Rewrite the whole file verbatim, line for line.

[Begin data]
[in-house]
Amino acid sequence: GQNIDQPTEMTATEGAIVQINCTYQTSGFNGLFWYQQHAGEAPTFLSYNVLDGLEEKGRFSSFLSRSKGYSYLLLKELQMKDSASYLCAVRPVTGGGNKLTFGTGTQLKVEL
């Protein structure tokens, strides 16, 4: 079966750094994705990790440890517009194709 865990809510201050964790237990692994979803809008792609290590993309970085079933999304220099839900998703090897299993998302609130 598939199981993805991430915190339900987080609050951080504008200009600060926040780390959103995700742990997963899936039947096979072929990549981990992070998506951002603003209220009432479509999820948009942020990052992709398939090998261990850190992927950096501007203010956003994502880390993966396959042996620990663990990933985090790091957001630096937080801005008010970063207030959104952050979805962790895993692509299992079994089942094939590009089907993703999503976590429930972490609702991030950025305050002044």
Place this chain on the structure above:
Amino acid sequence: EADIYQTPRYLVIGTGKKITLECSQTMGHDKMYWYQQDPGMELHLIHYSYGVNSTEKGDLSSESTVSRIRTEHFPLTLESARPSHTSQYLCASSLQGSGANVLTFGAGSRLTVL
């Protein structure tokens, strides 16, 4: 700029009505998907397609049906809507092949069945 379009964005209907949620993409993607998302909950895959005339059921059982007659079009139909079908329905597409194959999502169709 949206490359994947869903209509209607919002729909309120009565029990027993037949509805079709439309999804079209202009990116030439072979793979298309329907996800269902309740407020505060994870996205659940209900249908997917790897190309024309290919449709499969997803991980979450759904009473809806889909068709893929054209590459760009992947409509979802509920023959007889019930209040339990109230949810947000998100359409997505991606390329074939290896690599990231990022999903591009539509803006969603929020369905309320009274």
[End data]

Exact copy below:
[in-house]
Amino acid sequence: GQNIDQPTEMTATEGAIVQINCTYQTSGFNGLFWYQQHAGEAPTFLSYNVLDGLEEKGRFSSFLSRSKGYSYLLLKELQMKDSASYLCAVRPVTGGGNKLTFGTGTQLKVEL
């Protein structure tokens, strides 16, 4: 079966750094994705990790440890517009194709 865990809510201050964790237990692994979803809008792609290590993309970085079933999304220099839900998703090897299993998302609130 598939199981993805991430915190339900987080609050951080504008200009600060926040780390959103995700742990997963899936039947096979072929990549981990992070998506951002603003209220009432479509999820948009942020990052992709398939090998261990850190992927950096501007203010956003994502880390993966396959042996620990663990990933985090790091957001630096937080801005008010970063207030959104952050979805962790895993692509299992079994089942094939590009089907993703999503976590429930972490609702991030950025305050002044």
Place this chain on the structure above:
Amino acid sequence: EADIYQTPRYLVIGTGKKITLECSQTMGHDKMYWYQQDPGMELHLIHYSYGVNSTEKGDLSSESTVSRIRTEHFPLTLESARPSHTSQYLCASSLQGSGANVLTFGAGSRLTVL
């Protein structure tokens, strides 16, 4: 700029009505998907397609049906809507092949069945 379009964005209907949620993409993607998302909950895959005339059921059982007659079009139909079908329905597409194959999502169709 949206490359994947869903209509209607919002729909309120009565029990027993037949509805079709439309999804079209202009990116030439072979793979298309329907996800269902309740407020505060994870996205659940209900249908997917790897190309024309290919449709499969997803991980979450759904009473809806889909068709893929054209590459760009992947409509979802509920023959007889019930209040339990109230949810947000998100359409997505991606390329074939290896690599990231990022999903591009539509803006969603929020369905309320009274």